Firstly, lets extract the contents from the Slacko ISO image. You will usually notice that there are a few files inside the ISO, and the only ones you need to pay attention (and extract) is those that ends with .sfs extension. Most version of Slacko will only have one SFS, for example in Slacko 5.3 it is called puppy_slacko_5.3.1.sfs. If there are more than one, extract all of them. Put them somewhere accessible, I will call the location as /path/to/slacko.sfs, obviously replace that with the correct path on your system.

Secondly, make three (3) directories. Let's call these directories as:

The reason why I put them on /tmp instead of /mnt is that if you accidentally shutdown your system or close the terminal window without releasing the resources properly, your system is not cluttered with junk files from the previous session (/tmp is cleared upon reboot). Obviously as you get more familiar with it, you can vary these locations - for example, you may want to put /tmp/slacko/save in a more permanent location if you want to retain files and settings between sessions.

If your version of Slacko uses adrive (or zdrive, or bdrive etc), you will need to create more directories, one for each additional SFS. Let's call them:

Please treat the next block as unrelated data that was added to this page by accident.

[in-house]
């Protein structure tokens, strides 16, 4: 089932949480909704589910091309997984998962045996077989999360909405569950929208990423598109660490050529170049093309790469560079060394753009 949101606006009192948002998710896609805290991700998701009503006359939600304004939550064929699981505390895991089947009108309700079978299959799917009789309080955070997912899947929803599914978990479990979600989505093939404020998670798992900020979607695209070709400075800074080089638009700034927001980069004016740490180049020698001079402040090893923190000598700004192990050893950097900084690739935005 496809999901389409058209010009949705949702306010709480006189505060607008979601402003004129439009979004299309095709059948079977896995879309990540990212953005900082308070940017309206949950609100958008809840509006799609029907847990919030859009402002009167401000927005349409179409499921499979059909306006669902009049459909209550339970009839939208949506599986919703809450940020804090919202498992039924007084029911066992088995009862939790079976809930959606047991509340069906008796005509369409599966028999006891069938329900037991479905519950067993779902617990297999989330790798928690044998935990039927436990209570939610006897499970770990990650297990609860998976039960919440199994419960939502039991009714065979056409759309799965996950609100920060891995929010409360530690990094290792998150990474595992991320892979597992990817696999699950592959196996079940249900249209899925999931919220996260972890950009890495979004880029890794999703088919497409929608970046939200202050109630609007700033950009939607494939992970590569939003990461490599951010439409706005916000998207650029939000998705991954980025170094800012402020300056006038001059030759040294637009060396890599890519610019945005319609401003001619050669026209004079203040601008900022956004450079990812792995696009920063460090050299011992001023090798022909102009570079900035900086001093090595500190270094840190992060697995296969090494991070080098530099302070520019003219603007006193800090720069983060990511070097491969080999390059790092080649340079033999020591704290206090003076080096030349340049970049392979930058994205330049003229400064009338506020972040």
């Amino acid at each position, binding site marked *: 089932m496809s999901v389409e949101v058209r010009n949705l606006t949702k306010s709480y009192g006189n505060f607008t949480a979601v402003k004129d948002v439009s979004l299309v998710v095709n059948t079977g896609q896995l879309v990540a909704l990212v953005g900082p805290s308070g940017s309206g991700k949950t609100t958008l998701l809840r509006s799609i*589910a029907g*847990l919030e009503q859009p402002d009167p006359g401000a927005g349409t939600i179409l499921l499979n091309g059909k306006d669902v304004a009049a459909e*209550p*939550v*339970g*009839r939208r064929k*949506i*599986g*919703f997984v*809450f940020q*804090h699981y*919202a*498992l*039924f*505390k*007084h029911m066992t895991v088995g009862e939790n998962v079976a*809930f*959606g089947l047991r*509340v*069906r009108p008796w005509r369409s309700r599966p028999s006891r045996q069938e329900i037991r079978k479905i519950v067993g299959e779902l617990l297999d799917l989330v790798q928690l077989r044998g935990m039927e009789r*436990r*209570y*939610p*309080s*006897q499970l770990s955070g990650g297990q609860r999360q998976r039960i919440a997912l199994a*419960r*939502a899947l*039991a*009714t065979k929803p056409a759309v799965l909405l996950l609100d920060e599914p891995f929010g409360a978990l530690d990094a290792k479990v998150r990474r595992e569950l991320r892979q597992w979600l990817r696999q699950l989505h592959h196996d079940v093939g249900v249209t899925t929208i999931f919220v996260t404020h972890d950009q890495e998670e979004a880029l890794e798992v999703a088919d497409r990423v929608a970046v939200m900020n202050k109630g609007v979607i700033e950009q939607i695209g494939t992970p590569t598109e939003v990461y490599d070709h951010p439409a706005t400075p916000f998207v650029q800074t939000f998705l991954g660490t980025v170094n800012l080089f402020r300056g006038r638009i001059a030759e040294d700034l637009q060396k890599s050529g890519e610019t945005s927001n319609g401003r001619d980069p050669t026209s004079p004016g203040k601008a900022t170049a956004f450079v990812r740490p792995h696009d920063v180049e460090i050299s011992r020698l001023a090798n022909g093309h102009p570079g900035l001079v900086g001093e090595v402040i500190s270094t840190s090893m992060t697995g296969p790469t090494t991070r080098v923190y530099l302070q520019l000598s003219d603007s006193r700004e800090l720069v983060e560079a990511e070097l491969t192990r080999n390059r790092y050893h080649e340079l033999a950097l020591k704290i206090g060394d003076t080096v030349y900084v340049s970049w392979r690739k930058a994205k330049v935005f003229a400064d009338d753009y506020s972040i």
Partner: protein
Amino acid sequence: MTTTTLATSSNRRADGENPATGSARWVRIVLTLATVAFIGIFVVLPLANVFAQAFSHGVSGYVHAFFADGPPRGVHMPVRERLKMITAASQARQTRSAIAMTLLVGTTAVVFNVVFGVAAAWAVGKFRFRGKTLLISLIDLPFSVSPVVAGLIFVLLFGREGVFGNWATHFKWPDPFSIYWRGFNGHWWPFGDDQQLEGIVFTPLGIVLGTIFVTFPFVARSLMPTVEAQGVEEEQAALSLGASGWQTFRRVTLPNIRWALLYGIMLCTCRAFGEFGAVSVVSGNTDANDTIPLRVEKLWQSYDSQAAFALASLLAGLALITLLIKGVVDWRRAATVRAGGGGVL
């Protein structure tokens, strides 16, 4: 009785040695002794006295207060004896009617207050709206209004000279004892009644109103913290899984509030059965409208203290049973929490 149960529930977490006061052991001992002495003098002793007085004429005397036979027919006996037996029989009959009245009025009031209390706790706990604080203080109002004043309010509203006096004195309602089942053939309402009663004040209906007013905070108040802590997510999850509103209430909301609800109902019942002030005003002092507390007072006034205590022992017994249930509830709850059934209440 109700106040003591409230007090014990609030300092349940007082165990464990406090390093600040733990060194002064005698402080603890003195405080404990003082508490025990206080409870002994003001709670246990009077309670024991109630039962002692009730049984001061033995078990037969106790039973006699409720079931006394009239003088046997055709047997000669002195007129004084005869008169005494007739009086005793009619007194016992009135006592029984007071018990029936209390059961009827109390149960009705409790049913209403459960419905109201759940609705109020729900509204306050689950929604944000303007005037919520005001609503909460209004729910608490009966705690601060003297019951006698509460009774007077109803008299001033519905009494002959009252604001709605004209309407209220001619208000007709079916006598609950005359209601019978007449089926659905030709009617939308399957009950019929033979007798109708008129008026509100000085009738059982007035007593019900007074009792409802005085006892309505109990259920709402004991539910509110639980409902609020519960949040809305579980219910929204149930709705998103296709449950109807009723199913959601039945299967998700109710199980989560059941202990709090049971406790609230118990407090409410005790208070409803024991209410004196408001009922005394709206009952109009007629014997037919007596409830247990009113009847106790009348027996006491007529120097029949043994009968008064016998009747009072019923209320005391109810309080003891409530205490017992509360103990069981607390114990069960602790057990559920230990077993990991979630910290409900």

• /tmp/slacko/adrive
  • /tmp/slacko/zdrive
  • /tmp/slacko/devx
etc as needed.
More than one SFS: adrive, zdrive, devx, etc.

3. Running Slacko

Once the preparation is done, you are ready to launch your slacko. Follow the steps, replacing /path/to/slacko.sfs with the path where you have extracted Slacko SFS(-es).

3.1. Mount your slacko SFS
First, mount your Slacko sfs to /tmp/slacko/sfs. If you have adrive, zdrive, devx, etc this is a good time to mount them too.

mount -o loop,ro /path/to/slacko.sfs /tmp/slacko/sfs
mount -o loop,ro /path/to/adrive.sfs /tmp/slacko/adrive (as needed)
mount -o loop,ro /path/to/zdrive.sfs /tmp/slacko/zdrive (as needed)
mount -o loop,ro /path/to/devx.sfs /tmp/slacko/devx (as needed)
1. Mounting Slacko SFS

3.2. Form a filesystem union.
Form a filesystem union combining the Slacko SFS and the save location (and the adrive/zdrive if needed).

mount -t aufs aufs -o br:/tmp/slacko/save:/tmp/slacko/sfs /tmp/slacko/root
2. Making filesystem union

If you have adrive zdrive do it like this:

mount -t aufs aufs -o br:/tmp/slacko/save:/tmp/slacko/sfs:/tmp/slacko/adrive:/tmp/slacko/zdrive:/tmp/slacko/devx /tmp/slacko/root